I do not plan to do a grand garden make-over favouring Australian natives but some changes are evolving. The mix of my old traditional shrubs and trees with my new Australian plants may be inappropriate in the eyes of a purist but does not offend my senses. It is like introducing a few pieces of antique furniture into a modern setting. If it’s done creatively, it seems to work. Anyway, if that’s what it takes to cheer me up and instil some enthusiasm into my flagging gardener’s spirits, then I say bring it on. At least the rain has come. Hallelujah.



LOVE Gardening! But it is hard to maintain it. Why?LOVE Gardening! But it is hard to maintain it. Why?

We often love to do gardening but It is not a simple job to maintain all plants with proper cultivation and need to look after for insects and bugs, they are quite common. And our daily visitor’s butterflies and birds will visit the gardens and enjoy their food. But the unknown thing about gardening is Grass with seeds, which are also a grass plant in the gardens. Where they take the fertile of the land and utilise for its cultivation.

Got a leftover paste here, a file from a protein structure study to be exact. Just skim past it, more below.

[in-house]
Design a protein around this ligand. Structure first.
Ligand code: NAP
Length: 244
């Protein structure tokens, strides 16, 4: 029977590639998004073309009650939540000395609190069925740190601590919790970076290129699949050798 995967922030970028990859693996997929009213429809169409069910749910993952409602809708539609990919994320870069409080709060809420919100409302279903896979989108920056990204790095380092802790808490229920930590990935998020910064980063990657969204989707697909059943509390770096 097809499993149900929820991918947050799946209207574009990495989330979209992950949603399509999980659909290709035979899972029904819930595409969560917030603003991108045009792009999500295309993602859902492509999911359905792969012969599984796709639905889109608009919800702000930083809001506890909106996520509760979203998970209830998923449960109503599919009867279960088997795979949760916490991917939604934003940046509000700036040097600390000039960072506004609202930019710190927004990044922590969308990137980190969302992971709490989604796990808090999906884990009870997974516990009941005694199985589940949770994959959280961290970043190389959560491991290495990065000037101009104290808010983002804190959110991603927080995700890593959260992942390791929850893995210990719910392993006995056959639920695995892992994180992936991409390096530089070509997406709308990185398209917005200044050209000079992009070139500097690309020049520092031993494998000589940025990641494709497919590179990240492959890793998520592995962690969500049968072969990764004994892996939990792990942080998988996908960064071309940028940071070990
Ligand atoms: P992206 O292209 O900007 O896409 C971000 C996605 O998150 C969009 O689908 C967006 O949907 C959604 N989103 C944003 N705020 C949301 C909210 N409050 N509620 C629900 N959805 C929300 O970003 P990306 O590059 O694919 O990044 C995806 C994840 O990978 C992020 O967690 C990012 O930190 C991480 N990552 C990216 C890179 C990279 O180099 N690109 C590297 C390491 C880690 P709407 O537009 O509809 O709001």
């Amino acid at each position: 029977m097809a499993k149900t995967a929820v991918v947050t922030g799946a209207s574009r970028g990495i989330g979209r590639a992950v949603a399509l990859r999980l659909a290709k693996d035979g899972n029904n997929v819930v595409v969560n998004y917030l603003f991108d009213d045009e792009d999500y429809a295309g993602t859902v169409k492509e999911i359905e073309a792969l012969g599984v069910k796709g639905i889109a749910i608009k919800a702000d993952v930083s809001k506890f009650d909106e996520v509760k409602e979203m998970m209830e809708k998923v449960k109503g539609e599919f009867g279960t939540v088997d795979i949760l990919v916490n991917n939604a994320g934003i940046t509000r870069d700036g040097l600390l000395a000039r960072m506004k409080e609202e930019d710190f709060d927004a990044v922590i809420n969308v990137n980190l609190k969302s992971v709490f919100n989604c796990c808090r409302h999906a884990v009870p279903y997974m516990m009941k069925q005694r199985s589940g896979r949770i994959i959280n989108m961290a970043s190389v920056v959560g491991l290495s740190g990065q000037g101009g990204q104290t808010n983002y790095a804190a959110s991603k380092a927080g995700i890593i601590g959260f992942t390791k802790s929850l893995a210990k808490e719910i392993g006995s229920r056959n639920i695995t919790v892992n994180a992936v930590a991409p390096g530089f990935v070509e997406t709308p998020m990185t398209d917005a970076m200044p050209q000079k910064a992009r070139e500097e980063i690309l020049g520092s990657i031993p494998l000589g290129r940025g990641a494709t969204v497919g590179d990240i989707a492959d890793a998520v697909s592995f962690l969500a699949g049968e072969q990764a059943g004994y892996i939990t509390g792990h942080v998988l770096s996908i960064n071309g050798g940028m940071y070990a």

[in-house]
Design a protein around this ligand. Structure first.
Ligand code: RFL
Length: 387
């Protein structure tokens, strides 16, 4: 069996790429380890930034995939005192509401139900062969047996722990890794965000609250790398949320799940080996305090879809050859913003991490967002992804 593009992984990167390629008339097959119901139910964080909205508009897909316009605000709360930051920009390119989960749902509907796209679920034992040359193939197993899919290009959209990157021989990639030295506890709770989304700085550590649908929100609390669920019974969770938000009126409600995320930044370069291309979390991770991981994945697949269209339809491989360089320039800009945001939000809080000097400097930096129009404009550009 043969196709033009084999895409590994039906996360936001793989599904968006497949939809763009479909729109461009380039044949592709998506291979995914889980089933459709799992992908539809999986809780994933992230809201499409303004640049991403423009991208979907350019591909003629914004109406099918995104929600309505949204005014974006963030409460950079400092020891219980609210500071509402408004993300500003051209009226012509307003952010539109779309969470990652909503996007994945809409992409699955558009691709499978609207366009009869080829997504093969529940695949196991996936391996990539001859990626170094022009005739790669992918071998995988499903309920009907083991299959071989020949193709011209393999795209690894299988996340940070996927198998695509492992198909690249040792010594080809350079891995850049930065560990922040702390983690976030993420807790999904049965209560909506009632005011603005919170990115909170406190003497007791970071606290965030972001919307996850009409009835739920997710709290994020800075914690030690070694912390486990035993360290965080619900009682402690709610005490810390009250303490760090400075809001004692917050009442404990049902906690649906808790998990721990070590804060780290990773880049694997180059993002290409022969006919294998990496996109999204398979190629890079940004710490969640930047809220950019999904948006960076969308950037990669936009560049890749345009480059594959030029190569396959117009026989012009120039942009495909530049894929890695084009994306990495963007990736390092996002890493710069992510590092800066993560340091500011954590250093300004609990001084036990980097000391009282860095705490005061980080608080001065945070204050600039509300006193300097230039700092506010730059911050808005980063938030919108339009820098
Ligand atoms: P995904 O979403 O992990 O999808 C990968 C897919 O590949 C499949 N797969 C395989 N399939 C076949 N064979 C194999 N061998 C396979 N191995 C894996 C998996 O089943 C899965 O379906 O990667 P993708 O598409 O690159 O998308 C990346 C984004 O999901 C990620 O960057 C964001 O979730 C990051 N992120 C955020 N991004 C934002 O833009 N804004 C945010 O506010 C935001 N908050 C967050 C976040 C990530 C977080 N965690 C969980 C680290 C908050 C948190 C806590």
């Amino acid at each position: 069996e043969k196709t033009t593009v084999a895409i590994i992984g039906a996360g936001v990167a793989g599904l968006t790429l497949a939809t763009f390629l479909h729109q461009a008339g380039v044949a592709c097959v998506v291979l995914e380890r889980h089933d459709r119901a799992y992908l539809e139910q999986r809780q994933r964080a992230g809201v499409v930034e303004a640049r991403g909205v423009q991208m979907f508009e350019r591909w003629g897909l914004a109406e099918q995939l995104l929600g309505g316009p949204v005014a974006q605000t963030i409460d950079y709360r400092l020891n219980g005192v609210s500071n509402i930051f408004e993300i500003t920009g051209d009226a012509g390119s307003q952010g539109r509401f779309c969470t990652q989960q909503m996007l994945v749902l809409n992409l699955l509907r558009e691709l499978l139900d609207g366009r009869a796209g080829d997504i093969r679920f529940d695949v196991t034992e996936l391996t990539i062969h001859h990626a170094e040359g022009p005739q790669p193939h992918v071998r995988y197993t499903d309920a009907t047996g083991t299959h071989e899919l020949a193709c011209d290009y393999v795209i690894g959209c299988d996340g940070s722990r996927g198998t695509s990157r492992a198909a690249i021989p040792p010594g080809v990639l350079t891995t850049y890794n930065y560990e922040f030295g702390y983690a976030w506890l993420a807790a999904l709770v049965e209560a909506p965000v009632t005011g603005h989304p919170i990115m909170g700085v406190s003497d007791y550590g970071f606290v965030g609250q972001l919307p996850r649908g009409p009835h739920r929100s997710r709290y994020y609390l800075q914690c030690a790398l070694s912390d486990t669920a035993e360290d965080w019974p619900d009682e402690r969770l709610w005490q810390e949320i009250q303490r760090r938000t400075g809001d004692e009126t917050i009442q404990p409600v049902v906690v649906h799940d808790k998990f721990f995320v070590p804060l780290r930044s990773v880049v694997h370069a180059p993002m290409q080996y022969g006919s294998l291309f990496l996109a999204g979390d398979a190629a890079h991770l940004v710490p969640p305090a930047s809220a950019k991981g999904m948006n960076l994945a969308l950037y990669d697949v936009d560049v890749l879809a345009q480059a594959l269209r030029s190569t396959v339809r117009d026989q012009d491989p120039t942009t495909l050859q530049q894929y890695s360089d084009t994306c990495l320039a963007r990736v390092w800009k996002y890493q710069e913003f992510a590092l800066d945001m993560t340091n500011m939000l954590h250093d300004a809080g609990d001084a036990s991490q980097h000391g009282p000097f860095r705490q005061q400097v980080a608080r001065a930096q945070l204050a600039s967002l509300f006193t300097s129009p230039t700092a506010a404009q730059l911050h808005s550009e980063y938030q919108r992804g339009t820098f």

We know that birds need food, this particular plant seeds attract them and for other small creatures. These trees even give shelter for other creatures such as finches as well skinks.

If we have more grass plants they are a chance of attracting birds, butterflies, and many more can be seen in your backyard. In Australia, you will more often see the wallaby grass, weeping grass, tussock grass, and Kangaroo grass, where they provide food for parrots insect, larva, wallaby finches as well as skinks, wombats and so on.


Reptile – Stimson’s PythonReptile – Stimson’s Python

Scientific Name: Antaresia stimsoni

Pronunciation: ann-tahr-EE-zee-ah   STIM-son-ee

Required License: Category 3

General Information

 Stimson’s pythons are one of the most widespread pythons throughout Australia. They can be found from the south west of W.A, through central and northern W.A into the Northern Territory, across to south west Queensland, and even northern South Australia.

They generally inhabit rocky outcrops and escarpments in woodland areas, feeding primarily on rodents. They will also consume bats, frogs and small lizards.

As one of the smallest pythons in the world, rarely growing larger than 1m long, they are mostly terrestrial often hiding under and between rocks during the day, and coming out at night to find prey.